Friedrich von Flotow
Opera South
Haslemere Hall

Production graphic

Familiar to Austrian and German audiences, Friedrich von Flotow's tuneful comic opera Martha is rarely heard in this country, which makes it the more surprising that in the past 22 years it has twice been staged in the intimate English setting of Haslemere Hall where it was enjoyed by full houses this week, thanks to the enterprise of Opera South.

Of course, British companies seldom perform our own work - when did you last see Edward German or Ivor Novello? So it is perhaps small wonder that we see very little of German or Viennese operetta in this country. Without The Merry Widow or Die Fledermaus, the breed would be almost extinct in this tiny corner of Europe!

Yet Flotow's Martha contains much to delight anyone with a love of music and an ear for a good tune. And it is bristling with material to challenge the good musician and the talented singer. Which is where Opera South have found, and taken, their opportunity.

Many of the soloists and instrumentalists in productions at Haslemere over the past twenty years have risen from newly qualified student to soloist at Covent Garden, Glyndebourne and the national operas.

And Martha in its hundred odd years has embraced such distinguished soloists as Adeliena Patti, Anneliese Rothenberger, Fritz Wunderlich and Gotlob Frick.

This month's soloists included Clare Surman (Lady Harriet) who was Helena in the 2002 Glyndebourne A Midsummer Night's Dream, and Stephanie Lewis (Nancy) a much sought after soloist on concert platforms of Smith Square and the Albert Hall. In the role of Plunkett is baritone Anthony Cleverton who created the role of Hades for Glyndebourne's Ghosts. The romantic role of Lionel is taken by the fine young lyric tenor Tom Raskin who has sung regularly in the London Hanover Festival at St John's, Hanover Square.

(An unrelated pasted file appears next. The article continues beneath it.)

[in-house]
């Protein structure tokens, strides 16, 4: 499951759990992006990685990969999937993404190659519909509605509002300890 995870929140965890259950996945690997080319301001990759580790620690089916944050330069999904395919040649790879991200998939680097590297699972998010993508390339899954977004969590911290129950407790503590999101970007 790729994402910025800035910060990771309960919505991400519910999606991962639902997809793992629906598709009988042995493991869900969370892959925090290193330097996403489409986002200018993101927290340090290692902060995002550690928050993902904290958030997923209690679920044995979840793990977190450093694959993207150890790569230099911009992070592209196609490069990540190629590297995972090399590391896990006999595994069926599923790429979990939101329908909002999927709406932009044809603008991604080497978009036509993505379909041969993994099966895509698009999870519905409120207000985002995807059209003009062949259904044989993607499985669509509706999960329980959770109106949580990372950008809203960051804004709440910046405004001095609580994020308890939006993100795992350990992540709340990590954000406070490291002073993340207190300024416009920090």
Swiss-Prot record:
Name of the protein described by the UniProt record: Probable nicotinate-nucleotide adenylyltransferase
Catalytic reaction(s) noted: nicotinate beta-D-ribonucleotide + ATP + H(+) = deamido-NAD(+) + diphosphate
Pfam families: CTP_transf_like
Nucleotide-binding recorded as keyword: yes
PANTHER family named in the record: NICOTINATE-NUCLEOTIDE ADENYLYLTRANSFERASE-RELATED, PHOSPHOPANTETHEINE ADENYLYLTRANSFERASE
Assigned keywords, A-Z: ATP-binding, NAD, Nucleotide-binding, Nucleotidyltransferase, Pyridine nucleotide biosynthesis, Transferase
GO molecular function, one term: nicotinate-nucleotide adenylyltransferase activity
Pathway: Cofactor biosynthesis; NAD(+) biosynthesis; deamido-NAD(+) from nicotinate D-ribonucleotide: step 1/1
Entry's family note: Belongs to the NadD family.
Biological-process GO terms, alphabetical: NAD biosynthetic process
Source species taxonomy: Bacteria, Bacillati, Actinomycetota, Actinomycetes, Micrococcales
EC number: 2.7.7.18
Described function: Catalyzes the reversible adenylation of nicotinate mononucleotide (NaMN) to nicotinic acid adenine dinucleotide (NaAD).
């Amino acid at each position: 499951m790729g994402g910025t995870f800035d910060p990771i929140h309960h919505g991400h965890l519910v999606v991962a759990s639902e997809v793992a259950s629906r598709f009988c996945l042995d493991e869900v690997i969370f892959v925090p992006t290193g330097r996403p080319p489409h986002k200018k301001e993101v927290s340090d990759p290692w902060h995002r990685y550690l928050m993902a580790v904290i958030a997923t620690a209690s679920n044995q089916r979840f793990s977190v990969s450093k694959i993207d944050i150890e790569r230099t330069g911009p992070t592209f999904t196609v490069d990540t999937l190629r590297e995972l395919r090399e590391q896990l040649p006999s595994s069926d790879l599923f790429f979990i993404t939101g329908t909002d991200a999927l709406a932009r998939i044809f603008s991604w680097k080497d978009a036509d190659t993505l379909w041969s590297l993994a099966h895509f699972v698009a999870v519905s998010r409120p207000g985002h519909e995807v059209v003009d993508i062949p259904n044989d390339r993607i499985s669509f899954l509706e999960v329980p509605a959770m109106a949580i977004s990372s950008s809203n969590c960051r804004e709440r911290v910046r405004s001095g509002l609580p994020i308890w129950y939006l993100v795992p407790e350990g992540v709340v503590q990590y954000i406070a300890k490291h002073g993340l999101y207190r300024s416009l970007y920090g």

All four soloists thrive in the intimate atmosphere of this charming public hall and are in top form in the Act 2 quartet "Midnight" though the highlight of the entire evening which captivates the audience, the evergreen "Last Rose of Summer", an Irish folksong which Flotow incorporated in a bid to capture the spirit of English country music.

Cleverton simply revels in the Act 3 drinking song, a popular feature of many German operettas, while Raskin stirs the enthusiastic house with the famous lament for Martha.

The show is brought to a rousing conclusion with a reprise of "The Last Rose of Summer", led by soloists and finishing in a full chorus, which brings the house down!

Production is by Tom Hawkes, whose work has been seen at ENO's Coliseum, and who also designed the very workmanlike settings.

Musical direction is by Tom Higgins, former member of the orchestra at ENO who has worked also in Berlin and Dresden. And the excellent Guildford Philharmonic orchestra is led by Matthew Scrivener.

Opera South is to be commended for their regular production of gems from the light operatic repertoire.

Reviewer: Kevin Catchpole

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